Editor's note: Inc.com columnist Alison Green answers questions about workplace and management issues--everything from how to deal with a micromanaging boss to how to talk to someone on your team about body odor.

A reader writes:

I've had an employee come tell me about some problematic behavior he witnessed from another employee. It's serious enough that not addressing it isn't an option, but the employee who told me about it asked me not to reveal that the information came from him. However, no one else saw it happen. What's the best approach to address this without violating his confidentiality?

You have a couple of options when an employee tells you something in confidence in a situation like this.

In general, I believe that your bias should be toward respecting requests for confidentiality. Otherwise, your employees will be less likely to come to you with information that you want to hear about, and that's not good. You want your employees to feel confident that they can speak to you without being outed.  In most cases, there's a way to act on information without attaching the person's name to it.

But not every time.

In this case, I'd first try explaining to the employee who came to you that what he observed is serious and something you need to address. Ask him to reconsider and to allow you to share what he told you. Sometimes, simply pointing this out to people will get them to agree to it. (And people appreciate being asked, rather than having you plunge ahead without their permission.)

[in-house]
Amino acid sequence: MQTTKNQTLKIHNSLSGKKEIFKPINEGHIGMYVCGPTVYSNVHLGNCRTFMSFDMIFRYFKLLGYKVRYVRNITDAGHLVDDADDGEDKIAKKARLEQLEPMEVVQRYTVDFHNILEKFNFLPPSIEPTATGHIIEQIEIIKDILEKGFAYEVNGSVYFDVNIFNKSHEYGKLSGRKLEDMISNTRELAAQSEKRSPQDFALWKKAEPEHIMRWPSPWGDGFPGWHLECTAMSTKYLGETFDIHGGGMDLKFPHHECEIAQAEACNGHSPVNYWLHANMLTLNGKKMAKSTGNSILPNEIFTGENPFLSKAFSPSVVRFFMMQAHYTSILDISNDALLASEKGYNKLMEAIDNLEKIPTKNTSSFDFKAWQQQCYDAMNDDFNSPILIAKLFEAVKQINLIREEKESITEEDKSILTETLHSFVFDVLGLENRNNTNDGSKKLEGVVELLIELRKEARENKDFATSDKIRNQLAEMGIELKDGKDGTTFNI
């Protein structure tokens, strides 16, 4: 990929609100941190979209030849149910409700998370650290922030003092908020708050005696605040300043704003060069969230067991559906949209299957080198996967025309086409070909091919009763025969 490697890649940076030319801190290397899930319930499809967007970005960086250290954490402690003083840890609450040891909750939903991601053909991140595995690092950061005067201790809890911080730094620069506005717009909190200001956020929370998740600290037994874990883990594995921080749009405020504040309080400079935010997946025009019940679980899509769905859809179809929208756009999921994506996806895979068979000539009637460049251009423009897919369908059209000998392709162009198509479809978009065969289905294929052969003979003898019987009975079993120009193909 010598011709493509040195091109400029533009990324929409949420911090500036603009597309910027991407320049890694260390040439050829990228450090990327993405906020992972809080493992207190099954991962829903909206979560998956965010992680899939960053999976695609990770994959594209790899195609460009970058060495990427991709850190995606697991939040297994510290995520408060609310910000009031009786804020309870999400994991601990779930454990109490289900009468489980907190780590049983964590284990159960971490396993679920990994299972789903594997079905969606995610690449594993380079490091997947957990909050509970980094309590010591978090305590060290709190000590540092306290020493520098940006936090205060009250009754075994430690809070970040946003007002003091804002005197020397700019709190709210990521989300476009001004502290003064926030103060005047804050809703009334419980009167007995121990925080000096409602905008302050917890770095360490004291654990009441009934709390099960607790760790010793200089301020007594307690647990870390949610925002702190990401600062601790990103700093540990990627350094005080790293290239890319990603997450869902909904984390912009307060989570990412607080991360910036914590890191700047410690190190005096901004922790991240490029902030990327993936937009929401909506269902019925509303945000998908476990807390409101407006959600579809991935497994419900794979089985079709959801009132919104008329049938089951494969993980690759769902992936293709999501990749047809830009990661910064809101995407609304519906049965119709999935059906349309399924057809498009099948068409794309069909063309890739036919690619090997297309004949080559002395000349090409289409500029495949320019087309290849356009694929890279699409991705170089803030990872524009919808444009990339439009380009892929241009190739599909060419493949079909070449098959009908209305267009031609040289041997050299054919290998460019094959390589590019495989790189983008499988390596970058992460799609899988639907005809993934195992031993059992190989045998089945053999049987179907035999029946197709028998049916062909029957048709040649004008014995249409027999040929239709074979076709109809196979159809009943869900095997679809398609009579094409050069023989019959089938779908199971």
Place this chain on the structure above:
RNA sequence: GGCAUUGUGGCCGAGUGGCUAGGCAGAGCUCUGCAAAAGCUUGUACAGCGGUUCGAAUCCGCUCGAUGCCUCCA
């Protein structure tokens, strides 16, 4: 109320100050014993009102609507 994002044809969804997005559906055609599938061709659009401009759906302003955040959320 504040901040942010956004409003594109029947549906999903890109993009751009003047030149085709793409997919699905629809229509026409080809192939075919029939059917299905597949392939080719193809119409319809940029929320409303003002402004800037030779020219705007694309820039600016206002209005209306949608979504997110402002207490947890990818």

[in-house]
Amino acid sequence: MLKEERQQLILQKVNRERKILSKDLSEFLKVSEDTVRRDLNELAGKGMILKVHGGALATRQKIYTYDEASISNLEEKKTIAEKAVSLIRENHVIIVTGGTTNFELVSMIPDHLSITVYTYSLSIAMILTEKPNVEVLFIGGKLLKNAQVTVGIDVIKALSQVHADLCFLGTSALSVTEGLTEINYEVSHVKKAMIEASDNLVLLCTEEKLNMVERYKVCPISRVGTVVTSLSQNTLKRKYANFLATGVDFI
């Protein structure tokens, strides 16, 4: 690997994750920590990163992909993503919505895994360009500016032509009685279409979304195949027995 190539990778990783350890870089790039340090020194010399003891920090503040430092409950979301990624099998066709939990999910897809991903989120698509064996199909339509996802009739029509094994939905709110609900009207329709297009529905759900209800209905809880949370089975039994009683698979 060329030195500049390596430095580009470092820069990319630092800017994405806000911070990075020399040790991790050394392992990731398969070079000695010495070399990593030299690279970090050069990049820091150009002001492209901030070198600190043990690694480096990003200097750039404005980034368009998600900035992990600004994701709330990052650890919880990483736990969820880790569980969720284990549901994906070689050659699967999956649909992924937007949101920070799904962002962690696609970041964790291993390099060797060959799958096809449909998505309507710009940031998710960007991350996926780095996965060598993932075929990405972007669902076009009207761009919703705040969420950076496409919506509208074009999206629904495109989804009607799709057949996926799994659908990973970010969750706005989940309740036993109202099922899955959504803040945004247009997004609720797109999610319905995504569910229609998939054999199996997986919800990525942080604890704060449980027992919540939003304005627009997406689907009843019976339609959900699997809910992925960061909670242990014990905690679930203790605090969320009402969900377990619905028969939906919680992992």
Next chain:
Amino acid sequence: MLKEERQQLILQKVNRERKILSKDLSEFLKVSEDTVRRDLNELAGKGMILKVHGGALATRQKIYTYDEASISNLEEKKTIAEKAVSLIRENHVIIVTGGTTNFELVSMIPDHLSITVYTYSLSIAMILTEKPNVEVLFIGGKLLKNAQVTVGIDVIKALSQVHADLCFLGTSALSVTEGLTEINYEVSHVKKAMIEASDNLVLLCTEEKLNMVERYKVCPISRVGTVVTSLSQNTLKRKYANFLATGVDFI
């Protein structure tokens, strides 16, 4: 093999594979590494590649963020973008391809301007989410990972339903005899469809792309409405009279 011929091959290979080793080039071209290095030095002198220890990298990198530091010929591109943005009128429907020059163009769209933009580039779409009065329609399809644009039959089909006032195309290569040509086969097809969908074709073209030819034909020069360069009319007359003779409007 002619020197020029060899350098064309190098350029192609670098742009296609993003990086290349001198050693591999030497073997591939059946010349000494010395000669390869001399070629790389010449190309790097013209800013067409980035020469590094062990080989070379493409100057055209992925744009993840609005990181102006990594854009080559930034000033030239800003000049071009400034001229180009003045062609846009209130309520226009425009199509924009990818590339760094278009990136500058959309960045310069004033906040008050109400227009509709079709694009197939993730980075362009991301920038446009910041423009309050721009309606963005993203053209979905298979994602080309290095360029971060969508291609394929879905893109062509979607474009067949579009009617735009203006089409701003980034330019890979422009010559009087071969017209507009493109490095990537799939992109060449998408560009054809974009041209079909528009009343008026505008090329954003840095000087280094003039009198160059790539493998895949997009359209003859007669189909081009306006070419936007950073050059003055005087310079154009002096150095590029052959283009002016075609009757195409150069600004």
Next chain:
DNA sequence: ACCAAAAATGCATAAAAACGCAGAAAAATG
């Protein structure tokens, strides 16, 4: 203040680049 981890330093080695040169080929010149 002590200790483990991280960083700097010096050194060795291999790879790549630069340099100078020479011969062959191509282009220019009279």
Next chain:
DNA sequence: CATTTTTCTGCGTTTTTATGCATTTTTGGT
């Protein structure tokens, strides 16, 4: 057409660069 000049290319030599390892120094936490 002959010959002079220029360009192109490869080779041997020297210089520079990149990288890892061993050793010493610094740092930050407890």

If the employee doesn't agree, however, your options are:

1. Try to witness the behavior yourself. In cases where the behavior is likely to be repeated, you can look for opportunities to observe it firsthand--by coming by when you're not expected, digging a little more deeply into work than you normally would, and so forth. If you can spot it yourself, you can address it without violating the other employee's confidence. I've had employees tip me off to a problem before, and once I knew what was going on, I could easily look around and find evidence of it myself. In some situations, this could be your best option.

2. Tell the employee that you're sorry but the issue is so important that you need to be able to use the information. Say that you'll keep his name out of it, but since he's the only one who observed it, you can't guarantee that the other employee won't draw conclusions about how you were tipped off. You can also tell him--and this is important--that if the other employee gives him any trouble about it, you'll intervene and make it known that that's unacceptable.

(Keep in mind too, there are some things you're obligated to address, no matter how strongly the reporting employee asks you not to. For example, managers have a legal obligation to address sexual harassment if they learn about it; companies have an obligation to investigate harassment reports, even if the reporter asks them not to.)

And in general, when employees come to you and ask to talk in confidence, it's wise to say something like, "I'd really love to talk, and I appreciate you coming to me. I shouldn't promise that I'll be able to keep it confidential, because that might make it impossible for me to act on, but I can promise that if it is something I need to act on, there won't be any fall-out for you for having shared it with me." That will often get to the heart of what employees requesting confidentiality really want--assurance that they won't suffer consequences for talking with you.

Want to submit a question of your own? Send it to alison@askamanager.org.